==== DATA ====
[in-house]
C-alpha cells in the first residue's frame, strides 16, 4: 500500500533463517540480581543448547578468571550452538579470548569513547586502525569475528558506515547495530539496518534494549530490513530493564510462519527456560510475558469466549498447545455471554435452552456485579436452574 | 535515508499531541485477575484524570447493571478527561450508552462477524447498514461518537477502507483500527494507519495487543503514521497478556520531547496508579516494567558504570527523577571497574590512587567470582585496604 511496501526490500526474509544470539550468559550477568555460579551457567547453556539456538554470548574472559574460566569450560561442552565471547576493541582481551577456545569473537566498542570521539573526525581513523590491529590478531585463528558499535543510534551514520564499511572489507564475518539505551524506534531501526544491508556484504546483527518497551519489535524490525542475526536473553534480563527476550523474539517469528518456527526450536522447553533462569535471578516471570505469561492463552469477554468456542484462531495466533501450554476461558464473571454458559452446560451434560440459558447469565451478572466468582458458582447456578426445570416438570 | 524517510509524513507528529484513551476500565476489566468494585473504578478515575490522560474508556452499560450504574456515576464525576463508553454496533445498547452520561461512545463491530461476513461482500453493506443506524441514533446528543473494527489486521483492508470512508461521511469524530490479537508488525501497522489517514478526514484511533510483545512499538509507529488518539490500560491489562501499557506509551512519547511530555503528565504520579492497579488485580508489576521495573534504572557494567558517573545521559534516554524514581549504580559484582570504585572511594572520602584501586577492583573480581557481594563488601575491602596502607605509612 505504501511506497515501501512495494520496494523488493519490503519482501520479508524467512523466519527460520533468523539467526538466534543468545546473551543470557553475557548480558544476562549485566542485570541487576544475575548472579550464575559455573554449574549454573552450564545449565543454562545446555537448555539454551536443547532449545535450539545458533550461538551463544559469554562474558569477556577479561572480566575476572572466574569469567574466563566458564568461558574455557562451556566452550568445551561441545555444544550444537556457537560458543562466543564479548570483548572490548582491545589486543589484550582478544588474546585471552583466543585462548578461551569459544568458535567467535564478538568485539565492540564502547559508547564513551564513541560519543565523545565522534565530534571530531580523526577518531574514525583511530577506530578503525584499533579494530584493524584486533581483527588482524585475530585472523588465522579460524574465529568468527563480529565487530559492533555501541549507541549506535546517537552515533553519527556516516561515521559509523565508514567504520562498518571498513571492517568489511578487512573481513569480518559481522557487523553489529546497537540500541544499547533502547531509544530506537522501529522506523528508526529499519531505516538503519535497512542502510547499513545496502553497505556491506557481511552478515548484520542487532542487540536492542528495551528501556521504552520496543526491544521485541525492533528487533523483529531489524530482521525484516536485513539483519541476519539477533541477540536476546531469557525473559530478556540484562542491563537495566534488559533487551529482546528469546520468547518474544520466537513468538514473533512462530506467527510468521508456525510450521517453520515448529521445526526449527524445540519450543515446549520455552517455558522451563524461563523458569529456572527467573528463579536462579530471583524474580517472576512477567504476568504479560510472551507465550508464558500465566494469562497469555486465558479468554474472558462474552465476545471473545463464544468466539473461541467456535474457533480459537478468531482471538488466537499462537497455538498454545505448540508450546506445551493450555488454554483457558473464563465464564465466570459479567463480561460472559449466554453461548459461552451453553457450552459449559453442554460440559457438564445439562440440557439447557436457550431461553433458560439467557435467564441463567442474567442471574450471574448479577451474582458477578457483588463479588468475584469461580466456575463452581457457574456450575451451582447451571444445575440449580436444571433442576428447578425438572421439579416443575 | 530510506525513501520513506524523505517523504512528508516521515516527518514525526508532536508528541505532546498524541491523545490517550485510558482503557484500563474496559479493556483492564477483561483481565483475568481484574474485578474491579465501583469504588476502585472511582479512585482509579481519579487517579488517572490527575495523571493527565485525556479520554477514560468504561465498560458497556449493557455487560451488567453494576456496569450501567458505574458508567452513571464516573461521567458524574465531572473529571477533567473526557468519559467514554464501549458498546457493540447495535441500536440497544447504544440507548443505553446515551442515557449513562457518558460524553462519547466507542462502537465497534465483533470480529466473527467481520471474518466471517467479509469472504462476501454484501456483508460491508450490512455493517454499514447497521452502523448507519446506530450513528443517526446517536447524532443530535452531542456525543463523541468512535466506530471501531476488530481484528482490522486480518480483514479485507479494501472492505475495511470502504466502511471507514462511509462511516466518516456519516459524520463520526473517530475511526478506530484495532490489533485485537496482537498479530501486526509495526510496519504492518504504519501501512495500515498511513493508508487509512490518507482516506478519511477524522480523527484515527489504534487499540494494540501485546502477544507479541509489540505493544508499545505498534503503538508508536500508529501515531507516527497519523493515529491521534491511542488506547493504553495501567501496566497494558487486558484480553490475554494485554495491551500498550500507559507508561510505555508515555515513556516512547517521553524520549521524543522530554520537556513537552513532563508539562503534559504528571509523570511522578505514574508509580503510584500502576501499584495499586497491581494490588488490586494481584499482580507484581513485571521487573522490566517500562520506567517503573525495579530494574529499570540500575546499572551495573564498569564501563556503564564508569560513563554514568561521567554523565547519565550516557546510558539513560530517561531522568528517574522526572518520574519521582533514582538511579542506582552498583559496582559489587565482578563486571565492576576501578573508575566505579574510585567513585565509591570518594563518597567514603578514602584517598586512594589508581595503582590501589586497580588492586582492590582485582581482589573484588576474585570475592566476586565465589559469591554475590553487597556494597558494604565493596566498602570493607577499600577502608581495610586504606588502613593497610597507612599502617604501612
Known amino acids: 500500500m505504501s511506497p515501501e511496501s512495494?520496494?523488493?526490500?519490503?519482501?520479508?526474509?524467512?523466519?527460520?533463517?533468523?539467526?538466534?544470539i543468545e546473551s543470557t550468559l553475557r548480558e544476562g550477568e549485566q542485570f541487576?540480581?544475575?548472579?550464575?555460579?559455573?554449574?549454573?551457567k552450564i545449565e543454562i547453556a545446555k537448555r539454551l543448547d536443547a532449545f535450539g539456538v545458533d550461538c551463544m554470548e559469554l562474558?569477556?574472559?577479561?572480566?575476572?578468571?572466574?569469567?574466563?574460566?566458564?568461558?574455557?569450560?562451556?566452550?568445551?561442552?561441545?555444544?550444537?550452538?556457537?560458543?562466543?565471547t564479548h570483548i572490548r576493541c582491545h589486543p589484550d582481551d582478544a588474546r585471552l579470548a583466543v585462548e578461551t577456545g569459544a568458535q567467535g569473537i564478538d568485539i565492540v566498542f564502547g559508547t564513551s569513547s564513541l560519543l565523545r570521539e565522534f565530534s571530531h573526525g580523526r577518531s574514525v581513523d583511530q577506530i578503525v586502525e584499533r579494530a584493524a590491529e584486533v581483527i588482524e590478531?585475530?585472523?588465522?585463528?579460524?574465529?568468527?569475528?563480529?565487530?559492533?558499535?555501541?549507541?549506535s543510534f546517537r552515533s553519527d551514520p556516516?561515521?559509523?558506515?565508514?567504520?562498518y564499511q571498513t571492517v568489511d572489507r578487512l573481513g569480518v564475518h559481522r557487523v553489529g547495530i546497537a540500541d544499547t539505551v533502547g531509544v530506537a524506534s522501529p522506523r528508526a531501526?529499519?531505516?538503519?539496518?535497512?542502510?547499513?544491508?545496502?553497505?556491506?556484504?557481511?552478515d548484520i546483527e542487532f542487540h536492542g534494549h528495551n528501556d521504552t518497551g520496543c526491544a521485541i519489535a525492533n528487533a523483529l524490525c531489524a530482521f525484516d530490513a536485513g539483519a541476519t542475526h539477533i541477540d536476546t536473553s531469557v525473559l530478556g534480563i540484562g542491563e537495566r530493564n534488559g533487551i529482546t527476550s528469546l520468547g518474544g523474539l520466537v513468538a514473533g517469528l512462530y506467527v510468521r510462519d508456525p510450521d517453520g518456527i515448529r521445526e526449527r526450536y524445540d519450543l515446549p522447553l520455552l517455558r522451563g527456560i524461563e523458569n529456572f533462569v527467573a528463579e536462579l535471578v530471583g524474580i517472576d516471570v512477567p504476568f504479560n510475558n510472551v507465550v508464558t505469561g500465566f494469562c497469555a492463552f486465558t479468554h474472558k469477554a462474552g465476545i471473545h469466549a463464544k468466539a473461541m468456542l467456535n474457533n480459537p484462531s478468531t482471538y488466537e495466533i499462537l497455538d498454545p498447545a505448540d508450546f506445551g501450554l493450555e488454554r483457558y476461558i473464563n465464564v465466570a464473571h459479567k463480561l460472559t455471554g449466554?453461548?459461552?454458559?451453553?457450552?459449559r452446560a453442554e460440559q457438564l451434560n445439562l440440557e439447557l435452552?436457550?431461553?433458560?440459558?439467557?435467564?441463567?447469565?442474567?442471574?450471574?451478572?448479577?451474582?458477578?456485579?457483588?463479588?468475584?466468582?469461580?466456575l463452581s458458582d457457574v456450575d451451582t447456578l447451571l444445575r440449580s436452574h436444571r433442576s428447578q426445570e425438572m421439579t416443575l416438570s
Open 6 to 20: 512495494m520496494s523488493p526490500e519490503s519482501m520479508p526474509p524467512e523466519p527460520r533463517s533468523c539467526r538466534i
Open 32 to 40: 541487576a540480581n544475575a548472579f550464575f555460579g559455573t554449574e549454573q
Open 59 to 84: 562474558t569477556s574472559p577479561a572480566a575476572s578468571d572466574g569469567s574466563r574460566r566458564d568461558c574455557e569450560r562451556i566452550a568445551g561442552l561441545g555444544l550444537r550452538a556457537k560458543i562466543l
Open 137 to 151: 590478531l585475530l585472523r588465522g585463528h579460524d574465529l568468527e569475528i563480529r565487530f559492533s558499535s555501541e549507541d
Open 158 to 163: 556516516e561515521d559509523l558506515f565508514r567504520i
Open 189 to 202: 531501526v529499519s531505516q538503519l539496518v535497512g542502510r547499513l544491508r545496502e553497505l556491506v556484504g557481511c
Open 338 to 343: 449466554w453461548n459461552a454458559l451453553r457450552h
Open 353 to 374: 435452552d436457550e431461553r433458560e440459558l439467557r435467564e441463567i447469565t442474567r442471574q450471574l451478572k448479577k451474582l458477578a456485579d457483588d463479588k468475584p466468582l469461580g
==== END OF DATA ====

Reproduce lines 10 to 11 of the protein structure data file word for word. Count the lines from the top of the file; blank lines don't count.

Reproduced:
Open 338 to 343: 449466554w453461548n459461552a454458559l451453553r457450552h
Open 353 to 374: 435452552d436457550e431461553r433458560e440459558l439467557r435467564e441463567i447469565t442474567r442471574q450471574l451478572k448479577k451474582l458477578a456485579d457483588d463479588k468475584p466468582l469461580g